I agree that "We must seek real, bipartisan solutions," but I haven't seen Trump truly work for that kind of compromise. Friends tell me that during the Regan years, it was Tip O'Neil who had the great foresight and skill at working for bipartisanship--people tell me that his efforts to work for compromise were positive during those years. I have to study up on that more, but I see no effort on Donald Trump's part to date with regard to working on bipartisan solutions. The disrespect he shows his democratic opponents continuously serves to divide, not unite. You cannot unite with lies, disrespect, and self-serving policies for a few--you unite with a common vision of what's best for ALL Americans with respect for the viewpoints, hard work, well meaning and intelligence of each other.
I totally agree that "We must stop the glorification of violence in our society," and I believe this starts with President Trump. The video below shows Trump glorifying violence time and again. While I too don't think that a steady diet of violent video games is positive for young minds, his argument here does not hold true. Yes, the United States sells the most video games and has the most gun-related violence (we have the most guns too), but the countries that come in second, third, fourth and so on don't also come in on tops with regard to violent deaths or gun ownership either. I also agree that ". . .it is too easy today for troubled youth to surround themselves with a culture that celebrates violence." Just recently outside a Trump rally a young man beat up an anti-Trump protester. Trump rallies provide that "culture that celebrates violence" for today's youth. Will Trump continue to create that kind of culture at his rallies or will he doe as he supports in the quote above?
Again I agree with Trump's words, "Cultural change is hard, but each of us can choose to build a culture that celebrates the inherent worth and dignity of every human life." How does Trump reckon those words with his hateful speech related to so many of us, where we live, and the groups we belong to? His words time and again do not celebrate the inherent worth and dignity of every human life. Will he change his racist, hateful, prejudiced rhetoric? Let's remind him of this quote in the days ahead should he disdain good, hard working people, people with inherent worth and dignity.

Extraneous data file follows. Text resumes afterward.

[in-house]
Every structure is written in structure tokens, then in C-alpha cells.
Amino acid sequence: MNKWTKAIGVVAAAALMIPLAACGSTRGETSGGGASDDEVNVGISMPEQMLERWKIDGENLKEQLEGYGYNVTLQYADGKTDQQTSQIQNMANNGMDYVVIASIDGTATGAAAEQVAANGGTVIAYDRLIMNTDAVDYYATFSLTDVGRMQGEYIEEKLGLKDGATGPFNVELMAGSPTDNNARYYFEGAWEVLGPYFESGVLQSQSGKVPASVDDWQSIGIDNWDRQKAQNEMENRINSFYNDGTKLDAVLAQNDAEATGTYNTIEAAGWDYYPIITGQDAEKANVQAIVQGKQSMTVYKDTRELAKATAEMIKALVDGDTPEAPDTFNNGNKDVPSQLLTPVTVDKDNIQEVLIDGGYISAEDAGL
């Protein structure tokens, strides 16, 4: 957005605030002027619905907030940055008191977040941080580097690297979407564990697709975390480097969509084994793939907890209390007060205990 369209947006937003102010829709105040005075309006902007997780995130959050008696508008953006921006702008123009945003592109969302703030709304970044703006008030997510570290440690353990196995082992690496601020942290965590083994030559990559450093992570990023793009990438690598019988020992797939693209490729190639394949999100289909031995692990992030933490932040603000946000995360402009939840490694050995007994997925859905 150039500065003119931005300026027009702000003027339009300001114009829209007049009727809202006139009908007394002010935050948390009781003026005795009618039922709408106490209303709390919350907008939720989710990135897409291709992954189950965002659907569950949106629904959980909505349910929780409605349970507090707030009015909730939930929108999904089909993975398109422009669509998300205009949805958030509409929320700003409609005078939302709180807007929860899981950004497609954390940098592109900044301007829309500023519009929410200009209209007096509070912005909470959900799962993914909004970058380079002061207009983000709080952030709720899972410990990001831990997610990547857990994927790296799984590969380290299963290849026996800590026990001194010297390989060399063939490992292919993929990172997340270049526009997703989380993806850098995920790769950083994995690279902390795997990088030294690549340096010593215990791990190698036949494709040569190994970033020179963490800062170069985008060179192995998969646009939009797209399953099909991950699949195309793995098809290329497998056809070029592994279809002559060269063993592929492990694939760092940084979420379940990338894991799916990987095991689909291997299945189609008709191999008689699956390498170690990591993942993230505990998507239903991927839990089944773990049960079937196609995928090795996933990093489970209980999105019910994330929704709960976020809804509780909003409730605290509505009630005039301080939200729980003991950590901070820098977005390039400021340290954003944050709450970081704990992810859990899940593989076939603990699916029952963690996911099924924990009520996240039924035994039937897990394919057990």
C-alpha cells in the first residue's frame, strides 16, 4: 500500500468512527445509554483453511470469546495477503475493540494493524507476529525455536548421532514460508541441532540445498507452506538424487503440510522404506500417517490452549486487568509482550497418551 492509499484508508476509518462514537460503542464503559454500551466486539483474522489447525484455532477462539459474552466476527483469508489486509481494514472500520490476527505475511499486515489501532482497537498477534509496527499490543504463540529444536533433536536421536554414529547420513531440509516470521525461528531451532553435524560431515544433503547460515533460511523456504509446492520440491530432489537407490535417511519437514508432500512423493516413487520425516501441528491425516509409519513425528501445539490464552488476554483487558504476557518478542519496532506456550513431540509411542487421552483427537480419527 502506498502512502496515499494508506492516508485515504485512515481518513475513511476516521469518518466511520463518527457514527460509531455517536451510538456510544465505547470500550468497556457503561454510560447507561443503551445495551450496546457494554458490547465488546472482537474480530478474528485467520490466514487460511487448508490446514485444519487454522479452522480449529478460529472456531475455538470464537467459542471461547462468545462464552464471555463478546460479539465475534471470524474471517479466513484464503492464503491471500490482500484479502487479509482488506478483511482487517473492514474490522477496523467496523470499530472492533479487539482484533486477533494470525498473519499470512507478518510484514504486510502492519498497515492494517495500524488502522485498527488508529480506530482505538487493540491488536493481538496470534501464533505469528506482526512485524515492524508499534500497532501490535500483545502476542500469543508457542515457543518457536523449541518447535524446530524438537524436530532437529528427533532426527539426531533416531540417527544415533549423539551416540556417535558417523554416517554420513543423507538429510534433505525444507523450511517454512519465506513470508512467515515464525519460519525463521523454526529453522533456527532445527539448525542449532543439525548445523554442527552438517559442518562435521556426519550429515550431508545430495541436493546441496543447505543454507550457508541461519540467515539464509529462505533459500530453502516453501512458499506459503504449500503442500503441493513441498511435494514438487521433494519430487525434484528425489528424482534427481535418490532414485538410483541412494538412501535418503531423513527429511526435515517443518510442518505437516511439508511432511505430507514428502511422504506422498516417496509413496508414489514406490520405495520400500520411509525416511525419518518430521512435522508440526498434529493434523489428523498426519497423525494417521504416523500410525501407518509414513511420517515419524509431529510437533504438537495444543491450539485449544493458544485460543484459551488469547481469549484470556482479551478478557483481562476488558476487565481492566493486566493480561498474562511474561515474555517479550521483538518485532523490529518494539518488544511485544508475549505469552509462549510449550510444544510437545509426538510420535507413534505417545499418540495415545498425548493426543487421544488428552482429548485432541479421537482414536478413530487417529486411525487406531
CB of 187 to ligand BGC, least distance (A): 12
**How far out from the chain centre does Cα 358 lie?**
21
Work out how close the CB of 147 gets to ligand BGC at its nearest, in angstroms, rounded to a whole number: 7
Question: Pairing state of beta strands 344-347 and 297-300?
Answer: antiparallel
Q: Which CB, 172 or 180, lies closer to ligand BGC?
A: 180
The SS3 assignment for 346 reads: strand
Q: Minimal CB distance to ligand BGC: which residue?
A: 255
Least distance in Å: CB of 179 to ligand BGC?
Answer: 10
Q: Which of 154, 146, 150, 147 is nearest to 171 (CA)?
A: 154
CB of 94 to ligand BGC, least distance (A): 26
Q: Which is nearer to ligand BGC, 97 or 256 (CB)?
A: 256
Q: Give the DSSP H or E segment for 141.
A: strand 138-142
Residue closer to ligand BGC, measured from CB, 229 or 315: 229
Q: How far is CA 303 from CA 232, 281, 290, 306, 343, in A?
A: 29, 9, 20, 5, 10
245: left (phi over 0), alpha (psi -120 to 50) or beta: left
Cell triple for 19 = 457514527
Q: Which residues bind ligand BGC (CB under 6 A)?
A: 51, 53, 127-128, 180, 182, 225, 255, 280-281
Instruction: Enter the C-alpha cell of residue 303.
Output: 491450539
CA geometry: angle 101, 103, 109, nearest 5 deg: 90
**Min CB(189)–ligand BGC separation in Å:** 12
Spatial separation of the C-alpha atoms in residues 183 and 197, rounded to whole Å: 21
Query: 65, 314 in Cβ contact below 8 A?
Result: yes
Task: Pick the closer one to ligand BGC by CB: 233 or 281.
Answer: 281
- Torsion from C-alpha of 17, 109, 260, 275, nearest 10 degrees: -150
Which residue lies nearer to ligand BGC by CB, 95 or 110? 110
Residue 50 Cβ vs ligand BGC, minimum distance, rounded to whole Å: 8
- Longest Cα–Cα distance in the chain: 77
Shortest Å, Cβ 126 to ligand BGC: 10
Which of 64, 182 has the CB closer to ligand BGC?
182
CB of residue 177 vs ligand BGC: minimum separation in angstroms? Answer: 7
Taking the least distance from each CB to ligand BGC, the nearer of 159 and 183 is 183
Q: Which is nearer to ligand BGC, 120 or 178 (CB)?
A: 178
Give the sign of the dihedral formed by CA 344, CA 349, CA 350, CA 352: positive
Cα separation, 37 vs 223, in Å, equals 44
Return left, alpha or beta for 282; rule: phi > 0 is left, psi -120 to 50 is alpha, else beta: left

|Trump stirs hate for Mexican immigrants and refugees.|
I also agree that ". . those judged to pose a grave risk to public safety do not have access to firearms," and I wonder why Trump and Mitch McConnell are standing in the way of the common sense gun laws that are ready to go forward in the Senate. Why do they stand passive when we know there is so much we can do to make our country safer. Is it their allegiance to the NRA money that holds them back? Is it there lack of understanding that a comprehensive public health assessment and plan to curb gun violence including the reduction, restriction, and regulation of gun use will mitigate this problem? If he truly believes as he says, he will get busy right away making change. The United States has far more guns and far more gun violence than any other wealthy, industrialized country in the world.
|While there are countries with more violence by guns, when we compare the United States with countries with a similar standard of living and economic success, we, by far, have more gun violence and we simply have a lot more guns. We can change this. (graph reference)|
Trump calls for "unity" here. Unity is the result of exemplary leadership work, not the kind of work that disrespects and divides a country. Trump's legacy of bullying, manipulating, and lying to get his way, does not create unity, but instead creates divide. Will we see the President reverse course and act for unity. Let's remind of his words, ". . .and find the courage to answer hatred with unity, devotion, and love." in the days ahead--will these words lead a new era of Trump talk and action, or is this simply a President saying what he has to while he continues he tenure of torment that divides and harms the American people, economy, and land we love. Let's see.